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Pyramid Schemes

Peter David

  When I awoke, the sun had just descended into its rest. Darkness stretched across my surroundings and the air was somewhat cooler. A small furred creature was staring at me.

  I had no idea what it was, nor I suspected did it have any idea what I was. We exchanged looks and I kept its gaze fixed upon me as my hand stealthily crept toward the knife I had on my hip. In one smooth motion I yanked the knife out, brought it around and slammed it through the creature’s chest. It let out a startled yelp, kicked several times more in surprise than anything else, and then died.

  I skinned it as quickly and efficiently as I could. Then I made my way back to the bush that had, hours earlier, been aflame. I stared at it for a long moment and then shifted my gaze to the heavens. Stars twinkled down upon me.

  “Would you mind?” I asked. “If it wouldn’t be too much trouble.”

  For a brief time there was silence, and then suddenly the bush flared back to life.

  “Thank you,” I said and proceeded to cook the creature. It only took a few minutes because the fire was quite brisk and the creature was small. Once it was sufficiently roasted I devoured the flesh from its bones. It tasted nothing like chicken, which actually surprised me a bit.

  I tossed the bones aside when I was done, wiped my face, and then walked away from the oasis. The bush surrendered its flame and restored itself to a standard, ordinary, not remotely holy piece of vegetation.

  Crazy 8 Press is an imprint of Second Age, Inc. Copyright © 2016 by Peter David

  Cover art by Robin Riggs

  Design by Aaron Rosenberg

  ISBN 978-0-9836877-7-1

  All rights reserved. No part of this book may be used or reproduced in any manner whatsoever without written permission except in the case of brief quotations embodied in critical articles and reviews. For information address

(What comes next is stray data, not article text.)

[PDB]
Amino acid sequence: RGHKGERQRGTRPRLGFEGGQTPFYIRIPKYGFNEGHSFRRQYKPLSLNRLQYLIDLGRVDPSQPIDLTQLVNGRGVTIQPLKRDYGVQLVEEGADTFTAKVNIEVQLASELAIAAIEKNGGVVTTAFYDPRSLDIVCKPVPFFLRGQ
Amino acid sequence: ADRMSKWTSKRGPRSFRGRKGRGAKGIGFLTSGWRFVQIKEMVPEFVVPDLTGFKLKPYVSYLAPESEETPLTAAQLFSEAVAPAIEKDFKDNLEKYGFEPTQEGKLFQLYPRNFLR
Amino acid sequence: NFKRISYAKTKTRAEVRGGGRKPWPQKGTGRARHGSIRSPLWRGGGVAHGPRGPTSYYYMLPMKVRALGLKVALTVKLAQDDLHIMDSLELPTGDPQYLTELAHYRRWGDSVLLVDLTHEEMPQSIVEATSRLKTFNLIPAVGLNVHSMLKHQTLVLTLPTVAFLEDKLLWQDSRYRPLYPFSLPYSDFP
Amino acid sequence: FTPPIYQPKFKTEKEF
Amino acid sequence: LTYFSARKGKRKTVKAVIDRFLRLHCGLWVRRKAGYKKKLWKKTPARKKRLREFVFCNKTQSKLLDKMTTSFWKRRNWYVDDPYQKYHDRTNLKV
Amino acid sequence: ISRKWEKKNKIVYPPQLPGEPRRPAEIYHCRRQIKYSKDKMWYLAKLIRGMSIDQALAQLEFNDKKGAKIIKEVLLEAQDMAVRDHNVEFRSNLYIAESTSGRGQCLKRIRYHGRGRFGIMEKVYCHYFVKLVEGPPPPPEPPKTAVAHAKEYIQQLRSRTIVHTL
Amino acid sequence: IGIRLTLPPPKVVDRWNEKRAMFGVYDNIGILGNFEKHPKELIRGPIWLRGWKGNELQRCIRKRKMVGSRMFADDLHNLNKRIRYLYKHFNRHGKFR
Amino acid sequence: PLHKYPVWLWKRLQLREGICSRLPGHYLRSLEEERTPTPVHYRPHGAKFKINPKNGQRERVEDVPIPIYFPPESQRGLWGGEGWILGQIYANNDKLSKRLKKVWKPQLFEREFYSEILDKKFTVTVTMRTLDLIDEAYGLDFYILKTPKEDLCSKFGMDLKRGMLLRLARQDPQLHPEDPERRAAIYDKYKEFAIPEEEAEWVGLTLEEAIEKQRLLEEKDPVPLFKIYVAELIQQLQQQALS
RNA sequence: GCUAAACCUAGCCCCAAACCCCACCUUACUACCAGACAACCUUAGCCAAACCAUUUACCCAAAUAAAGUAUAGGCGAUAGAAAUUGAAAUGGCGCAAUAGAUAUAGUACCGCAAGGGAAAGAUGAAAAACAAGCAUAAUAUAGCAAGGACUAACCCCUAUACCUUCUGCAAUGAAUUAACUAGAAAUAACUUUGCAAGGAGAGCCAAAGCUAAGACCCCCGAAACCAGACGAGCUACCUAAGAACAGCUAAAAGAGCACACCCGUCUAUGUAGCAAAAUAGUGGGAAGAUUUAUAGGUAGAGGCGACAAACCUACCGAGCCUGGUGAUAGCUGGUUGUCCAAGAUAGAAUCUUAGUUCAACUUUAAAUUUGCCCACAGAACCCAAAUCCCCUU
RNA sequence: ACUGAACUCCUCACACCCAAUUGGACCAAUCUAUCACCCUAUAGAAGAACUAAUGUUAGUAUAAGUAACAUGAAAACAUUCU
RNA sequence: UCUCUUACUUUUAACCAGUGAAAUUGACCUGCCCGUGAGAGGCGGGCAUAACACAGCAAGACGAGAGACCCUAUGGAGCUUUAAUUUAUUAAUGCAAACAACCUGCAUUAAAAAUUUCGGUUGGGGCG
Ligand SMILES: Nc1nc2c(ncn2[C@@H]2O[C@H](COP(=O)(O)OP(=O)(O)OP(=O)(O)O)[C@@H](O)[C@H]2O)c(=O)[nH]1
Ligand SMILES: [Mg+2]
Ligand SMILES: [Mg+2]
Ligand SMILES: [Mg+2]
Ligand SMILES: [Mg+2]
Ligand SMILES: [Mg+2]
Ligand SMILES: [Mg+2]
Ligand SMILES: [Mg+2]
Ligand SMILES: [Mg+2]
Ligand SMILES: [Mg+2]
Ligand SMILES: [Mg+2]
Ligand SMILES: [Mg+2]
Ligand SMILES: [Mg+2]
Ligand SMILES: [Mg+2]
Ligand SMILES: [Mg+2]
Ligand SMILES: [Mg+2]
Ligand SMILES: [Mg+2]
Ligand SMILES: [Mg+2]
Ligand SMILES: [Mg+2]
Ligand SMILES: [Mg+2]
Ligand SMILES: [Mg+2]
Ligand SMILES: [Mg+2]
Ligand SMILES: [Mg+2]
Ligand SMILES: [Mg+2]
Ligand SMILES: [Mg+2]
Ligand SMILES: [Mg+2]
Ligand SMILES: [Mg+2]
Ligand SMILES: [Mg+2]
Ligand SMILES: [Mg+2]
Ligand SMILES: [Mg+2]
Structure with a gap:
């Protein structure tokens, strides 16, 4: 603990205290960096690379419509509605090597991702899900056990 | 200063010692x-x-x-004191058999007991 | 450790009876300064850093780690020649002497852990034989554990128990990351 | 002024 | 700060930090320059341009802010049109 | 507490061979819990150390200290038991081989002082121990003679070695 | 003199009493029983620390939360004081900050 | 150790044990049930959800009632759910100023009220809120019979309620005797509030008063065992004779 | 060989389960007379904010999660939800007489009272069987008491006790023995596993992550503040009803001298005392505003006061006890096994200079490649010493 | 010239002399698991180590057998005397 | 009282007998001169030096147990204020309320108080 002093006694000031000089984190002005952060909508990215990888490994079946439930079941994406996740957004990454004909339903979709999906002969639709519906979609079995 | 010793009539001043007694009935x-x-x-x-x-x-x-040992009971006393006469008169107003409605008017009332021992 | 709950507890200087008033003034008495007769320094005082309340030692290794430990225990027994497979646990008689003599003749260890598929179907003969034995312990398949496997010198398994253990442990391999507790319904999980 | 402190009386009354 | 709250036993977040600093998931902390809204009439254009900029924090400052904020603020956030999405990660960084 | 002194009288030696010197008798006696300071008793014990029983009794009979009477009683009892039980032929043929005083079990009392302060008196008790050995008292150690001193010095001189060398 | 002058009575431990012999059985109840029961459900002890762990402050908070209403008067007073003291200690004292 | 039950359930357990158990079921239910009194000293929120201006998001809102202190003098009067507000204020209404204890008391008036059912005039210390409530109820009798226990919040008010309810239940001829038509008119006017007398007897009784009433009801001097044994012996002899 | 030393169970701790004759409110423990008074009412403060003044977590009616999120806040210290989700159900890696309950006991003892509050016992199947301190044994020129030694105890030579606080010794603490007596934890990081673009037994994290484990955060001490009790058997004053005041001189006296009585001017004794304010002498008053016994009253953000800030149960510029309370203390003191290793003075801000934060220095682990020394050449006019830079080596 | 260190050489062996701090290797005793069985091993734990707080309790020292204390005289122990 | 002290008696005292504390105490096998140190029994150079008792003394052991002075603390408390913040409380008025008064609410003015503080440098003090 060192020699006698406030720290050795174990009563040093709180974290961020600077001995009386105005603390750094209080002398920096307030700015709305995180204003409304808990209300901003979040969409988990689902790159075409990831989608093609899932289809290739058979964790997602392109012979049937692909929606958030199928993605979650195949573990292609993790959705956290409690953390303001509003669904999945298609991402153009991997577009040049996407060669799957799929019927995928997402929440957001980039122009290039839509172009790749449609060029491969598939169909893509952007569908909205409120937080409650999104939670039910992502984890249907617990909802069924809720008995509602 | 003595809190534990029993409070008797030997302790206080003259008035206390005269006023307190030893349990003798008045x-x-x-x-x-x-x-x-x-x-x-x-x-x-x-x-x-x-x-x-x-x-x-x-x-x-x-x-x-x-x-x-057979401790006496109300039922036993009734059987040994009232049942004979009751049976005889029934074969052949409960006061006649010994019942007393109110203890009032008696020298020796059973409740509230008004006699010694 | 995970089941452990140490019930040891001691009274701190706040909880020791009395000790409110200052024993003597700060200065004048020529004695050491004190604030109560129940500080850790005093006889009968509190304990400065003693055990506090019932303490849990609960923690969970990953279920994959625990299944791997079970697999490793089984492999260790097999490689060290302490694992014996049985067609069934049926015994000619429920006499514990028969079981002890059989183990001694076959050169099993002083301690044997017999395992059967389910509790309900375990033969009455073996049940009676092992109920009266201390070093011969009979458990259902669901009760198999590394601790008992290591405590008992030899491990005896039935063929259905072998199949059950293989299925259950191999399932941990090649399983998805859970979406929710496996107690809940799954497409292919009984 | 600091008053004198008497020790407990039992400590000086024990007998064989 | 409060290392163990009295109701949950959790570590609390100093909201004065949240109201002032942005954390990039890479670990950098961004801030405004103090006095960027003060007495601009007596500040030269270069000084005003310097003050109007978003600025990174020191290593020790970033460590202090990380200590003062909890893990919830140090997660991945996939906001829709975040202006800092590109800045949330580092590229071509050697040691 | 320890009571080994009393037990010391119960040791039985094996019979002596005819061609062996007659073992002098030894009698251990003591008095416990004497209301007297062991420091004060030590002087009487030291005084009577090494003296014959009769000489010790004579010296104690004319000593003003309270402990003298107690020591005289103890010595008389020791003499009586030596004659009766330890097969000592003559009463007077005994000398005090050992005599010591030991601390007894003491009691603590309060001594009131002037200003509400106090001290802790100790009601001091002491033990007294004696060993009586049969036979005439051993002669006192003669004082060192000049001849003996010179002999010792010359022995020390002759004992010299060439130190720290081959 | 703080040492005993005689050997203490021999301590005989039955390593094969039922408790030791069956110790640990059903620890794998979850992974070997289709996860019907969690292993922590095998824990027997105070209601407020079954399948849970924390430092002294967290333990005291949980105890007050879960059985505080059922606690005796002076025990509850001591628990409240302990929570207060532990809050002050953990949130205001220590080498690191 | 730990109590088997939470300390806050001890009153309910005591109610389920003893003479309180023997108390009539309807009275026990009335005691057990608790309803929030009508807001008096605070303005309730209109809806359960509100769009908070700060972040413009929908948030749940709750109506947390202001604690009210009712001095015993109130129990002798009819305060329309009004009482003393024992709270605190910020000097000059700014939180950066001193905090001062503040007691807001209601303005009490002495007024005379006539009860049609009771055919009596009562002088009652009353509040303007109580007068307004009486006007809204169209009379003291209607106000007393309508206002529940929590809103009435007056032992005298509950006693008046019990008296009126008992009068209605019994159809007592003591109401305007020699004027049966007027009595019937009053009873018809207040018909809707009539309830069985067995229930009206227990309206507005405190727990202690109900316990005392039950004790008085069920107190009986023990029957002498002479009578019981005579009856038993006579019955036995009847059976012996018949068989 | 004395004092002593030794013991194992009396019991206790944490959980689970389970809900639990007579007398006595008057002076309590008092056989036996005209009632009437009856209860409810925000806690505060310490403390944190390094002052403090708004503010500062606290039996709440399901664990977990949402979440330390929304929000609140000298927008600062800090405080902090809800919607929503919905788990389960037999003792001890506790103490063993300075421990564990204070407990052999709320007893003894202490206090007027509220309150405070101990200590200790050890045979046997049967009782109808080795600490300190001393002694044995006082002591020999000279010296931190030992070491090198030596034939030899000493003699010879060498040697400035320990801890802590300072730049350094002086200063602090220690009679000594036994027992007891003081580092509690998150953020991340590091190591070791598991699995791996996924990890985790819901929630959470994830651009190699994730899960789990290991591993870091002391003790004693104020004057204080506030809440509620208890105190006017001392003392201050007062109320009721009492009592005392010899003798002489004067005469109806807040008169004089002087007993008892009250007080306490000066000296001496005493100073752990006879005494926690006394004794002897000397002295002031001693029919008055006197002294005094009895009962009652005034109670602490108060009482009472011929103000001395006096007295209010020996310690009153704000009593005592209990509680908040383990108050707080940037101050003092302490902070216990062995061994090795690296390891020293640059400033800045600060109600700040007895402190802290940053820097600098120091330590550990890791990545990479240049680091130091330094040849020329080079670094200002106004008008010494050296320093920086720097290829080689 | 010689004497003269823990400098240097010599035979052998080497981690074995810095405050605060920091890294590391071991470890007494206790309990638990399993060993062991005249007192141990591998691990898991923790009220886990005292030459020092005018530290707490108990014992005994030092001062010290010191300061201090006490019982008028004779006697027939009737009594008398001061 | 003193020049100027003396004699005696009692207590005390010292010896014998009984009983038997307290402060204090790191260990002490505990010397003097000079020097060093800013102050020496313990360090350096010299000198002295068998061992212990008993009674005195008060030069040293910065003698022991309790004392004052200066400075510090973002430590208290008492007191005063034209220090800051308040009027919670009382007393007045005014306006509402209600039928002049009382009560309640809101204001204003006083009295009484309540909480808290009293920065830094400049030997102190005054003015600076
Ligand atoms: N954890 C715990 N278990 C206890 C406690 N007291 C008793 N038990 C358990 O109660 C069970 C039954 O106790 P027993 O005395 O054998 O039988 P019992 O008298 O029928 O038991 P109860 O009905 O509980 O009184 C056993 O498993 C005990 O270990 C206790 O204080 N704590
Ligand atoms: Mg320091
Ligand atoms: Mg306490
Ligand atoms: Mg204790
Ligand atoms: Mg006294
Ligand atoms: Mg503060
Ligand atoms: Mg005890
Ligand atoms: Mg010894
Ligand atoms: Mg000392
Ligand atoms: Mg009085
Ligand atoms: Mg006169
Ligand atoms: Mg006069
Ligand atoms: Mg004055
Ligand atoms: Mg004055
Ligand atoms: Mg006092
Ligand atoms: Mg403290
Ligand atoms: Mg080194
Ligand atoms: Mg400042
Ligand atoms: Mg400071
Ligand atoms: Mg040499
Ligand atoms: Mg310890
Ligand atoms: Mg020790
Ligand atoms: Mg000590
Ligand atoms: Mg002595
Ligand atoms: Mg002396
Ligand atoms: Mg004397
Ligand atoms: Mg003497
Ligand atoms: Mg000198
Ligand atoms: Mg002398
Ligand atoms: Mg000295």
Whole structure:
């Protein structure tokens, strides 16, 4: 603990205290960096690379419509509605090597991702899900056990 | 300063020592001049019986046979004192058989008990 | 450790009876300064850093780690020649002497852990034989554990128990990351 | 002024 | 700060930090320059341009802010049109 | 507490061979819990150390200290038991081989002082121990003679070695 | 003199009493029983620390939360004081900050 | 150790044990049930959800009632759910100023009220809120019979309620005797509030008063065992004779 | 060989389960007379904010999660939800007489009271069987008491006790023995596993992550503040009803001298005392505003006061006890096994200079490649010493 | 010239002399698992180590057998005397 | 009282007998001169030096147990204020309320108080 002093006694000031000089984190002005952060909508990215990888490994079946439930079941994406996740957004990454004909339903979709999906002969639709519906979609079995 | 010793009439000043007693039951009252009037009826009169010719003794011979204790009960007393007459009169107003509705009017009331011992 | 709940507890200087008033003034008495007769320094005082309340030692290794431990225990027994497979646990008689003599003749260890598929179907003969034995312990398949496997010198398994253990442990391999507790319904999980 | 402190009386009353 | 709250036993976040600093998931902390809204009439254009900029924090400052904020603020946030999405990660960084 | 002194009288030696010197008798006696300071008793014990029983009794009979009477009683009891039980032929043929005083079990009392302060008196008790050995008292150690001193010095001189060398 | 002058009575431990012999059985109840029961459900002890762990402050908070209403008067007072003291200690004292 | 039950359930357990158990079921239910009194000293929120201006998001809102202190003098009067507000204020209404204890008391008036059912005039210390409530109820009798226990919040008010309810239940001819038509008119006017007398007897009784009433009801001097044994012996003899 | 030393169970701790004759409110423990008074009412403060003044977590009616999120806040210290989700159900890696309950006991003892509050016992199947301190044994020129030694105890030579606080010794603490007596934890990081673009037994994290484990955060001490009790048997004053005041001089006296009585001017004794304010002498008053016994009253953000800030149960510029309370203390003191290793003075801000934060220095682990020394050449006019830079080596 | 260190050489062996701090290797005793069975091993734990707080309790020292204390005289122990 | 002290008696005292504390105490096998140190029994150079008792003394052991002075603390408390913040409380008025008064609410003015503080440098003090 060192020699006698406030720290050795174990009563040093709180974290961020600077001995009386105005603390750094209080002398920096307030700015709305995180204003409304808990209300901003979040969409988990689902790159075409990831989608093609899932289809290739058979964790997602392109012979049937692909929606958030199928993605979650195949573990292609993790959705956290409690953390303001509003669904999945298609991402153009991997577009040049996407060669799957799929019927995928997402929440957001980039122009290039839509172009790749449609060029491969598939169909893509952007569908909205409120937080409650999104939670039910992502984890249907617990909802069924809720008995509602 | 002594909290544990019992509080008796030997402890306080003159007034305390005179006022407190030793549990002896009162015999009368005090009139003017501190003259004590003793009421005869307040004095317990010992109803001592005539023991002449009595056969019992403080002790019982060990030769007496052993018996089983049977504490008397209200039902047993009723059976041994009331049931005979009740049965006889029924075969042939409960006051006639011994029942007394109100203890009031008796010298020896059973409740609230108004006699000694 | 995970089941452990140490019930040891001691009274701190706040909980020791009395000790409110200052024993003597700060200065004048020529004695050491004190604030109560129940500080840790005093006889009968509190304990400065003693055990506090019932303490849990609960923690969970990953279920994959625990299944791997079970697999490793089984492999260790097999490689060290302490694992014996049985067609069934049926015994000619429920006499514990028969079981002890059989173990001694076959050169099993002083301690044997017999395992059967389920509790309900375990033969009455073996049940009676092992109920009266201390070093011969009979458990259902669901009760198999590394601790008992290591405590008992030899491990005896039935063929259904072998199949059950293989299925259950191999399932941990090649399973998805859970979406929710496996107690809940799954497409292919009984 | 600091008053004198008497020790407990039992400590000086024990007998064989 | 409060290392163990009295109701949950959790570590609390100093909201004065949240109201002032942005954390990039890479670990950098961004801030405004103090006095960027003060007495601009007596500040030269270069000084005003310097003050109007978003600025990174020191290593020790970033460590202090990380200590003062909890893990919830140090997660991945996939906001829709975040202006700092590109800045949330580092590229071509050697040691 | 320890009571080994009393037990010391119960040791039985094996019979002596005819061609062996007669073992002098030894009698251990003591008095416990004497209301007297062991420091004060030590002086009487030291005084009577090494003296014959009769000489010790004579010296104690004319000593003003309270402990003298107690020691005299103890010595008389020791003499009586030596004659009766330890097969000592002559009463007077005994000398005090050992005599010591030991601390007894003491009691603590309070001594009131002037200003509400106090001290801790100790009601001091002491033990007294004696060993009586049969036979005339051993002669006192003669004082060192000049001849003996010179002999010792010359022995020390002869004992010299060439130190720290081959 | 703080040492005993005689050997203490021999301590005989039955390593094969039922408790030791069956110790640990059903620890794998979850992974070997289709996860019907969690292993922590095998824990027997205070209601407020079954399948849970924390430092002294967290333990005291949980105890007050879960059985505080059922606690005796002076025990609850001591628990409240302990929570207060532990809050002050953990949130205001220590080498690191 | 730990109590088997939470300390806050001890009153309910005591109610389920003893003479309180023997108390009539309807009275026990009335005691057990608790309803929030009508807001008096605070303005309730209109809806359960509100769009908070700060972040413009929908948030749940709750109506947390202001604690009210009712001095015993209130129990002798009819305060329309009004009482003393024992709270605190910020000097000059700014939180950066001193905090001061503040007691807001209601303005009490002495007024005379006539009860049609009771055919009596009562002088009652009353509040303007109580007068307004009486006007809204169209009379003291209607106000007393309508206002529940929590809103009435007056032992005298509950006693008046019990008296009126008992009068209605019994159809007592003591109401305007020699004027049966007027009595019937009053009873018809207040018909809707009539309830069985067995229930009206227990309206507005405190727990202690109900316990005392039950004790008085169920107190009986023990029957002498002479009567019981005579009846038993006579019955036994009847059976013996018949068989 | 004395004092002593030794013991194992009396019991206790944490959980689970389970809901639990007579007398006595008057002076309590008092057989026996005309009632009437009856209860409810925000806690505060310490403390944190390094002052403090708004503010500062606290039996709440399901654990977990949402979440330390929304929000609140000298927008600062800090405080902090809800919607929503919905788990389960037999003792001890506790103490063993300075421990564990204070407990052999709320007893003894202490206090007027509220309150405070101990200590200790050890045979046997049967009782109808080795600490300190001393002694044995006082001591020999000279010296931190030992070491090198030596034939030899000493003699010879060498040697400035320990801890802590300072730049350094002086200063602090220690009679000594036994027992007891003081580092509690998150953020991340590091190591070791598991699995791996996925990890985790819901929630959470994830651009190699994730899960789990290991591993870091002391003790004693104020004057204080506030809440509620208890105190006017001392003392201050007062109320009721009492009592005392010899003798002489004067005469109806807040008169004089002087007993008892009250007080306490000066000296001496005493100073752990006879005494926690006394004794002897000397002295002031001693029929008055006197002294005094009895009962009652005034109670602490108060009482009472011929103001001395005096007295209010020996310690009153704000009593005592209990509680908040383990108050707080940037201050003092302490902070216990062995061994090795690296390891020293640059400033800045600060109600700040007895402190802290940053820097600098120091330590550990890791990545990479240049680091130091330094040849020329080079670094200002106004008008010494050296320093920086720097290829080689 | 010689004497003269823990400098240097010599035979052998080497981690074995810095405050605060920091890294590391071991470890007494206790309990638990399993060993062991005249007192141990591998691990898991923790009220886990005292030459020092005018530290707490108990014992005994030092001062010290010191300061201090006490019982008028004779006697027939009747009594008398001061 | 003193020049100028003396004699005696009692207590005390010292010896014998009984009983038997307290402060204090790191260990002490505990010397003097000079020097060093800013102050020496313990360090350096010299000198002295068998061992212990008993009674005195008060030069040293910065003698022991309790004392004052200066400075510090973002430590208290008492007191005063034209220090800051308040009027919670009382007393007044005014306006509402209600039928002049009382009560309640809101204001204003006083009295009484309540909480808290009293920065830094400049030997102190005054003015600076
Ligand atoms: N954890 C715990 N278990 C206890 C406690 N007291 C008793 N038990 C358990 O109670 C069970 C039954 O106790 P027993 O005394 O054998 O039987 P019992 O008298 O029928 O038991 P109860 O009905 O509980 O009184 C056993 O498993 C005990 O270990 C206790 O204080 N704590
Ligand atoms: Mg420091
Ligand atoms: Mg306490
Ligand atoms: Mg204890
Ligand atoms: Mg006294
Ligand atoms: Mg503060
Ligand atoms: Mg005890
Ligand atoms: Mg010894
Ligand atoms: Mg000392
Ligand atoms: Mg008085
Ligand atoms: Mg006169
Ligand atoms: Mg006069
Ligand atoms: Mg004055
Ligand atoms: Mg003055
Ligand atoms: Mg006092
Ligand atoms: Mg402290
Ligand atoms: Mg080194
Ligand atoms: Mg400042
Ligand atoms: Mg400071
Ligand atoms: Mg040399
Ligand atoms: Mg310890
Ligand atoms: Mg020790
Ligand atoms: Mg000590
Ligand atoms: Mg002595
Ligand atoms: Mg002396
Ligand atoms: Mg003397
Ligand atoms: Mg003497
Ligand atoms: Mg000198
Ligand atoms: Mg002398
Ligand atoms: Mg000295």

Crazy 8 Press at the official Crazy 8 website:

  First edition


  A tale of Sir Apropos of Nothing




  Chapter 1 Bush League

  I don’t do well with gods. I never have, and I likely never will. I must admit, I’ve never understood gods in the least. Their

  obsession with humanity borders on the pathetic, nor do I comprehend their endless desire to be worshipped. Of what use is worship,

  anyway? Sitting around upon their clouds or mountain peaks or

  perhaps perched on the shell of an endlessly wandering turtle seems

  to me to be a somewhat limiting—bordering on abysmal—means

  of spending the immortal lives that all gods possess. Certainly one

  would think that, given an infinite amount of time upon which to

  ponder their lot, the gods would come up with some engagement

  that is more fulfilling.

  I have had my face-to-face encounters with my share of supernatural and unorthodox beings, but it had been many years since I

  had found myself engaged with an actual god. That streak ended,

  however, one bright and sunny day in the heart of Rogypt. I should

  emphasize that every single day in Rogypt is bright and sunny,

  because the entirety of the country is one large, vast damned desert. You may be wondering what in the world I was doing in such

  an undesirable place. For that matter, you may indeed be wondering who I am in the first place. I will endeavor herewith to give

  you a succinct description so as not to bore the doubtless dozens of

  readers who are already familiar with me and my previous endeavors. It is important to understand, after all, whence someone has come in order to fully grasp where they are going, and so I will avail myself of this space for a few moments in order to accomplish


  My name is Apropos. I am also known as Apropos of Nothing and, for a brief time, Sir Apropos of Nothing. Yes, that is correct. I, a lame of leg (albeit quick of wit) trickster and bastard,

  was temporarily walking beside kings and knights. My life began

  ignominiously enough when my tavern wench mother was brutally

  raped by a group of knights. When I finally emerged from her

  nether regions, those who were present beheld that my right leg was

  twisted and lame and advocated the notion of abandoning me on

  a rock somewhere. My mother fought for my continued existence

  and won, although to be completely factual, I am unsure whether